A new proposal to drastically change JobKeeper could see workers receive $300 less per week as bosses look to reduce workers’ hours.
A new proposal to drastically change JobKeeper could see workers receive $300 less per week as bosses look to reduce workers’ hours.

Workers lose $300 under new Jobkeeper plan

Workers could have their pay slashed by more than $300 a week under new JobKeeper laws that will allow some bosses that no longer qualify for the wage subsidy to reduce workers' hours.

Previously, workers' wages could not be reduced below the "floor" of the $1500 a fortnight wage subsidy but that's about to change under proposed changes.

Introducing the new laws today Treasurer Josh Frydenberg said the changes were needed to support struggling businesses.

Under the new laws, the $1500 JobKeeper payments will be extended until March but at a reduced rate of $1200 a fortnight for eligible companies.

"The measures will provide continued workplace flexibility at a time businesses are still in distress,'' Mr Frydenberg said.

But Labor's industrial relations spokesman Tony Burke has raised concerns that the industrial relations "flexibility" clauses in the legislation for struggling companies will allow some companies to slash the wages of workers even if they no longer qualify.

Under the changes, companies that previously qualified for JobKeeper but no longer will secure the wage subsidy will still be able to reduce workers wages if their turnover is down by 10 per cent.

For example, retail workers who earn $813 a week full-time could be suddenly told they are only needed part-time.

"A full-time retail worker, under what's before Parliament right now, could lose $325 a week. Obviously falling well below the current JobKeeper rate,'' Mr Burke told Parliament.

"And even under the new JobKeeper rate falling $100 a week short of it.

 

Workers could have $300 a week slashed from their pay under proposed changes to JobKeeper.
Workers could have $300 a week slashed from their pay under proposed changes to JobKeeper.

 

"This creates a situation where a worker at the time that the business they work for is doing better will see their pay cut.

"How can you justify that Parliament has given permission for their take home pay to go down?"

Mr Burke said the Morrison Government had backed down on moves to extend that flexibility to any company that had previously qualified JobKeeper a move that would have covered over 3 million workers.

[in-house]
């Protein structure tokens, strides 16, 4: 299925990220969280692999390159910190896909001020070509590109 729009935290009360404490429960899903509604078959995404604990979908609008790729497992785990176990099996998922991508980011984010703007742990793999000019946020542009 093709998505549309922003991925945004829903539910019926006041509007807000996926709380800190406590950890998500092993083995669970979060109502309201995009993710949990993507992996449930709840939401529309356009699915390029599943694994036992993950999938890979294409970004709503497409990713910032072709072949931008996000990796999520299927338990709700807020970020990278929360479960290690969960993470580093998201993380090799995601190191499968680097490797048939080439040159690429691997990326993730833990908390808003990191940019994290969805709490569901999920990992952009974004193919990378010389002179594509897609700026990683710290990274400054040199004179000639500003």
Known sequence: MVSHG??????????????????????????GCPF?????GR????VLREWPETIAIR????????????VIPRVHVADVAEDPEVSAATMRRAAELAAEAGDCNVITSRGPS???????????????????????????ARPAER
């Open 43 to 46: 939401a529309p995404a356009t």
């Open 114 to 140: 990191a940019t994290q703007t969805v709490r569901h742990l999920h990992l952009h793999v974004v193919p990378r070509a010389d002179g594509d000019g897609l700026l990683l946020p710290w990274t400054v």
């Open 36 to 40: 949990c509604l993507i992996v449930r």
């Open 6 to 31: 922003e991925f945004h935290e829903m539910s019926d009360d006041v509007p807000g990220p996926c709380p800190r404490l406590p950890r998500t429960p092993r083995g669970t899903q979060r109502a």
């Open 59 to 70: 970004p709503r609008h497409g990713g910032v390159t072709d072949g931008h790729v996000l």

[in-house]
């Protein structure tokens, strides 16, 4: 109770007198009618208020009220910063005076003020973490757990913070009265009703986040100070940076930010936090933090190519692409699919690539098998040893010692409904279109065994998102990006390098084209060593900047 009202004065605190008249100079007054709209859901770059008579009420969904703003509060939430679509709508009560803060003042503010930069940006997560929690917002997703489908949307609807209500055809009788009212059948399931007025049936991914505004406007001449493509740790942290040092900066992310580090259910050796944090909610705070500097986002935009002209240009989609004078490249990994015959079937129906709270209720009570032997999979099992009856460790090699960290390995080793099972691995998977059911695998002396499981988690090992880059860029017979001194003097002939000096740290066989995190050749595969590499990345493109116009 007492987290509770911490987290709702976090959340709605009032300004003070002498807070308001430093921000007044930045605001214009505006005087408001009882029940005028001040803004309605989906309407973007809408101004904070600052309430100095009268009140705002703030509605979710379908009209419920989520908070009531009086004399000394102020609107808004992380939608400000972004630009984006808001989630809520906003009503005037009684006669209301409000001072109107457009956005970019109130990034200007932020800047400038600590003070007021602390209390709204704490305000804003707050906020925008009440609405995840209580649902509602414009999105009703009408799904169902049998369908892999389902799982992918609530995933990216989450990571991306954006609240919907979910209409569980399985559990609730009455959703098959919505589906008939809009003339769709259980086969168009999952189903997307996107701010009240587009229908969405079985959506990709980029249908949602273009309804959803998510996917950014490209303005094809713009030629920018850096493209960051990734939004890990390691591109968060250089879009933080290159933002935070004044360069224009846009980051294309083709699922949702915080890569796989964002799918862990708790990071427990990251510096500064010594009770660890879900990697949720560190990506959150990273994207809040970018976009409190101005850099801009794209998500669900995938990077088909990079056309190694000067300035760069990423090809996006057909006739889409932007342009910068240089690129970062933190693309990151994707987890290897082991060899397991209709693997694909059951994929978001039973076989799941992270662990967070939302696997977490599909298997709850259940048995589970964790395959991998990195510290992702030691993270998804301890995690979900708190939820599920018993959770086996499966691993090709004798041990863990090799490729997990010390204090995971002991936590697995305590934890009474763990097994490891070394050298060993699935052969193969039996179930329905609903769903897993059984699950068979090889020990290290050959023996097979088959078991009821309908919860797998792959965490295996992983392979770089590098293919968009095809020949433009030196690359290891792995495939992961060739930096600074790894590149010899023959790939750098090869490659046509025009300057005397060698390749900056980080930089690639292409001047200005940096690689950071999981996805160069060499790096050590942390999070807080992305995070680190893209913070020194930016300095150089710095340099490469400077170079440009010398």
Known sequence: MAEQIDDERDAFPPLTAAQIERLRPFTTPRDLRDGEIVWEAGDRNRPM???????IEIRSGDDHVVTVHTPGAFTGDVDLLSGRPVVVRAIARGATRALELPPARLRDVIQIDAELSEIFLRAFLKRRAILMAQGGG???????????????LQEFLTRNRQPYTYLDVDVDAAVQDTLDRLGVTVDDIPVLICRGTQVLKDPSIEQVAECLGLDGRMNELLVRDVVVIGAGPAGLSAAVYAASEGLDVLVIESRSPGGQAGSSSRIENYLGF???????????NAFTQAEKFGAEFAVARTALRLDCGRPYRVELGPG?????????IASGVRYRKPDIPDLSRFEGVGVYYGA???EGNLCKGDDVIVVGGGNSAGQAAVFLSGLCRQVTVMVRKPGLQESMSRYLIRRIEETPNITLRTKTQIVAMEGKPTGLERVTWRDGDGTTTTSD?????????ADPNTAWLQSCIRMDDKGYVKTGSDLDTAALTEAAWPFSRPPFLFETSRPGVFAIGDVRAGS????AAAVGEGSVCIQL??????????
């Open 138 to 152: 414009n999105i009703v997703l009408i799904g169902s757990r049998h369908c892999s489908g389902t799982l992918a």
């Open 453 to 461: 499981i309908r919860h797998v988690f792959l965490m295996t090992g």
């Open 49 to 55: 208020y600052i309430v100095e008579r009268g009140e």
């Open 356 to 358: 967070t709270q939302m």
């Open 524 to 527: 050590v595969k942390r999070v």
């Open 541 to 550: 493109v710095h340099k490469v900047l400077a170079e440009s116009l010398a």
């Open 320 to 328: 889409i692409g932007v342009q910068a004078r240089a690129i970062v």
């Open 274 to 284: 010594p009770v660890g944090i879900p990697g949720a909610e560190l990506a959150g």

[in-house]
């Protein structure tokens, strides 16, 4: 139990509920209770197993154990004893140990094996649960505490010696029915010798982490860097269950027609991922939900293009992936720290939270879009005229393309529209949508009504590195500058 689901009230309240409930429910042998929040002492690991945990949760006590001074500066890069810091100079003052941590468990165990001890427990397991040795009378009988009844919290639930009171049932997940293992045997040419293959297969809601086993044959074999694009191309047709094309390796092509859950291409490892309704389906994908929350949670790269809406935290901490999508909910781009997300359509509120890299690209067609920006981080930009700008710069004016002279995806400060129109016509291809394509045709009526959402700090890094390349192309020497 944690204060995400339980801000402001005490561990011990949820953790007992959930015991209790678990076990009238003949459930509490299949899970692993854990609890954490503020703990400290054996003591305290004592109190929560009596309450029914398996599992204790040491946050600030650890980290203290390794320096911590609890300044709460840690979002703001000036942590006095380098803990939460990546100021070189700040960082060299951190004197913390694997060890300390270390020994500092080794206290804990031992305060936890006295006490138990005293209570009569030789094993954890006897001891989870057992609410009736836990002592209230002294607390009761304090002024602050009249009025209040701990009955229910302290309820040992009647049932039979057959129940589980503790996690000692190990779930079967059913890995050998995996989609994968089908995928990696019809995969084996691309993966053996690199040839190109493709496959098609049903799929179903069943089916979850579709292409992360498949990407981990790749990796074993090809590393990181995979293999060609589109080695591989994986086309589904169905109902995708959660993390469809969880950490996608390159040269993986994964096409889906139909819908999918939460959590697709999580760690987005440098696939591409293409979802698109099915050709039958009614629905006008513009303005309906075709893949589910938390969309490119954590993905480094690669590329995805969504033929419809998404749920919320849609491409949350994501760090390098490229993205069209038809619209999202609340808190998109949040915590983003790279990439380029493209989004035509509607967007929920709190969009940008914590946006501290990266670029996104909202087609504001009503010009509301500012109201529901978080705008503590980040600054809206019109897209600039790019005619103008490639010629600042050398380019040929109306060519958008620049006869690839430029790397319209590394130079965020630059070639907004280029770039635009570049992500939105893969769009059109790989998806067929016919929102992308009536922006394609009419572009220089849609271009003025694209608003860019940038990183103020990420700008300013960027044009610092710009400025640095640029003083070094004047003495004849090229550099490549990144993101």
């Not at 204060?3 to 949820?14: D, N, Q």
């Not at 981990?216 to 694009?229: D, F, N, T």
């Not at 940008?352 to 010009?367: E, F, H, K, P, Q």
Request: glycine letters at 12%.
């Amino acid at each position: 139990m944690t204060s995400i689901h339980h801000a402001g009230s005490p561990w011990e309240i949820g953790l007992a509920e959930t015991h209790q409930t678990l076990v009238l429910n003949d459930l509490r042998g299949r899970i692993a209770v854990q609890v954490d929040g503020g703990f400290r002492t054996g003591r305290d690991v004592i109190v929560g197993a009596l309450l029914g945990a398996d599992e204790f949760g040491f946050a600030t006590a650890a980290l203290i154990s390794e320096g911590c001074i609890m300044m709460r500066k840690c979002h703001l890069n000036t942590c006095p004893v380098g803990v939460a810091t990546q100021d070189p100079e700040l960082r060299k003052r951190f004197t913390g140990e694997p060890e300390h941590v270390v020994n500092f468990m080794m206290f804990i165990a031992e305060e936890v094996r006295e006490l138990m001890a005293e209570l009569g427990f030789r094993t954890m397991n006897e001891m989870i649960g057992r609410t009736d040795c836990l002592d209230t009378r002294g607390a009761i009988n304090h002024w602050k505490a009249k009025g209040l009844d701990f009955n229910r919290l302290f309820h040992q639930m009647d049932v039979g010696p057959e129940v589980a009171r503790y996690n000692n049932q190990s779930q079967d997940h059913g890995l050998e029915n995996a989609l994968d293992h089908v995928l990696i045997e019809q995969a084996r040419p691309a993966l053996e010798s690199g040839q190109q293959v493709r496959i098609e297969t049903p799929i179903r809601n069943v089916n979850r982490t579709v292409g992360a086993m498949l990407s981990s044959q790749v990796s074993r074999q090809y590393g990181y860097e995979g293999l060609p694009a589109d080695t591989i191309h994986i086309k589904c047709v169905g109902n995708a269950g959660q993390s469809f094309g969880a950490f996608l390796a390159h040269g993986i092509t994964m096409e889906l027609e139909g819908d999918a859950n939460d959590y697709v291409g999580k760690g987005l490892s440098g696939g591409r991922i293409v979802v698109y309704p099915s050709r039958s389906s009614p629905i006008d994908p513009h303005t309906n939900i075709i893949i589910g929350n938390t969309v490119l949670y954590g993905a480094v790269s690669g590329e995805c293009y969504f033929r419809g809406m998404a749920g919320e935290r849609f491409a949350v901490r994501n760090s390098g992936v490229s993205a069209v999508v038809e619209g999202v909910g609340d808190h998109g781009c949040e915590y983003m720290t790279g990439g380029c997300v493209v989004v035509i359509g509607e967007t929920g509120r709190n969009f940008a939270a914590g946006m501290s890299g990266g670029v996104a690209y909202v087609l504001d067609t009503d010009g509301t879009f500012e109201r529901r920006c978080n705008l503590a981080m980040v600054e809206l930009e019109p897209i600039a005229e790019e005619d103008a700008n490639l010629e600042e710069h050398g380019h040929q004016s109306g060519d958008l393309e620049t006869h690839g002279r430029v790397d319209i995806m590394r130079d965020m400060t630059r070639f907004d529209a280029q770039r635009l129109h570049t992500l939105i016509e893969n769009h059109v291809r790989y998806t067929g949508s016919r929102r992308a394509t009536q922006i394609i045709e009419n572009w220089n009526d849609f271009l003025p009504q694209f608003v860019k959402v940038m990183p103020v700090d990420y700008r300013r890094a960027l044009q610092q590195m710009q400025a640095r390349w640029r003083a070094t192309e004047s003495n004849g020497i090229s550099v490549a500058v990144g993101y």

"They have backed down on that and we welcome that,'' Mr Burke said.

Instead, the Morrison Government will extend the flexibility to any company that no longer qualifies for JobKeeper but is still recording a 10 per cent downturn in revenues.

"That is a better position than what the government had a week ago. But it's still problematic."

Treasurer Josh Frydenberg will also hold extraordinary powers to set the rate and eligibility of JobKeeper payments with the stroke of a pen under the rules of the extended scheme.

The amended legislation does not stipulate the rate is reducing $1,500 to $1,200 a fortnight.

Those changes will be introduced after the amended legislation passes the Parliament by 'rules' which can be changed by the Morrison Government at any time.

That means the Treasurer has the power to increase the JobKeeper rate if the crisis worsens or decrease the rate without the requirement of recalling Parliament.

The ability to change the rate at will was also a feature of the previous legislation, although the Morrison Government ultimately chose to leave the rate unchanged for the duration of the original program.

Labor's treasury spokesman Jim Chalmers said the powers meant the "ball was in the Treasurer's court" when it came to setting the rate.

"It's important to remember that this JobKeeper legislation does not specify the rate of JobKeeper and it does not say who will get it,'' Dr Chalmers said.

"It is up to Josh Frydenberg entirely and alone to determine what the rate of JobKeeper is and who is eligible for JobKeeper. We have two main concerns about how he's going about that task of setting the rate and eligibility.

"This is his third crack at this. Too many people have been left behind and left out in the earlier iterations. This is his opportunity to fix those errors that he's made."

 

Originally published as Workers lose $300 under new plan


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